Most Londoners know that our friends in Norway present us with our famous Trafalgar Square Christmas tree each year, but it’s not just Scandi generosity: there’s a pretty dramatic backstory.
When Norway was invaded by the Nazis in 1940, King Haakon VII fled to London, where he was granted refuge and allowed to form a government in exile (sometimes referred to as the ‘London Cabinet’). Norway’s resistance movement was masterminded from Prince’s Gate in South Kensington, and to thank us for our hospitality, Oslo has sent us a fine spruce every year since 1947.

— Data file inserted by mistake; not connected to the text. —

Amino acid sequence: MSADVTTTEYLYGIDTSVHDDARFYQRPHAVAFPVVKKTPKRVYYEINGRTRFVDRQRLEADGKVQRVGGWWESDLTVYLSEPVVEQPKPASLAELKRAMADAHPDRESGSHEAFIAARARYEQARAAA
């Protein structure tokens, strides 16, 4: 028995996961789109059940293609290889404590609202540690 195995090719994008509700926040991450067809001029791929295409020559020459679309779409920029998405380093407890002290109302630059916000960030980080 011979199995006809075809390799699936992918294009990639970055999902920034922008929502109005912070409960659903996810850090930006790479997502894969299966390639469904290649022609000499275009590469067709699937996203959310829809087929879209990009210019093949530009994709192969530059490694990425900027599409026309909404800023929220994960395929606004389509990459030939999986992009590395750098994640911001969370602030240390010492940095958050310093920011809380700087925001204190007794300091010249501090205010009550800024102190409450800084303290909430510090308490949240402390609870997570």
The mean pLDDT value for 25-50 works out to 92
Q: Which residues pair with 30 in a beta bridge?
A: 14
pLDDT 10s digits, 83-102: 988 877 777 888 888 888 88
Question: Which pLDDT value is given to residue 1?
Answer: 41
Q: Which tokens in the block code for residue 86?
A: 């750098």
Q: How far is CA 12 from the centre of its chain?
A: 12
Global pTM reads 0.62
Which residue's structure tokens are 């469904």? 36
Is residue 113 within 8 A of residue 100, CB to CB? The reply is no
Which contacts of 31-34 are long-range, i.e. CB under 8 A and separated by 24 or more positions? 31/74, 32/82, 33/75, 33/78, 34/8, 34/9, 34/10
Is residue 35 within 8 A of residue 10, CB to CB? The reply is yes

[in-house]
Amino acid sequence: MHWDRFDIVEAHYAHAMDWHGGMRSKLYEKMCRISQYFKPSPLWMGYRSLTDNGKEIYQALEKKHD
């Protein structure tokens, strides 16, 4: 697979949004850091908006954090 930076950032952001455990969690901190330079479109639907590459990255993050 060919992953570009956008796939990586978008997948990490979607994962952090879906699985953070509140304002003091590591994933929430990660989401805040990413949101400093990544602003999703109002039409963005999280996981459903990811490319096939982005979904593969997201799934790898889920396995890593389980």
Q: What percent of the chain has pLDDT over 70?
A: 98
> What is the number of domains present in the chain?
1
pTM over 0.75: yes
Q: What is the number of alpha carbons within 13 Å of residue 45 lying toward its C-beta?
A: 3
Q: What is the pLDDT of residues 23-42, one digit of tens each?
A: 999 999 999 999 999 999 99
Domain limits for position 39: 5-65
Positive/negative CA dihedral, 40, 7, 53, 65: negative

Sarah Gillett, the British ambassador to Norway, attended this year’s tree felling ceremony and told Time Out that the tree ‘has become so much more than a token of gratitude: it’s a symbol of the enduring friendship between Norway and Britain’. Really, it’s heartwarming enough to make you forget about this year’s truly crap lights.
And while we’re at it: why does London not have skyscrapers?Share the story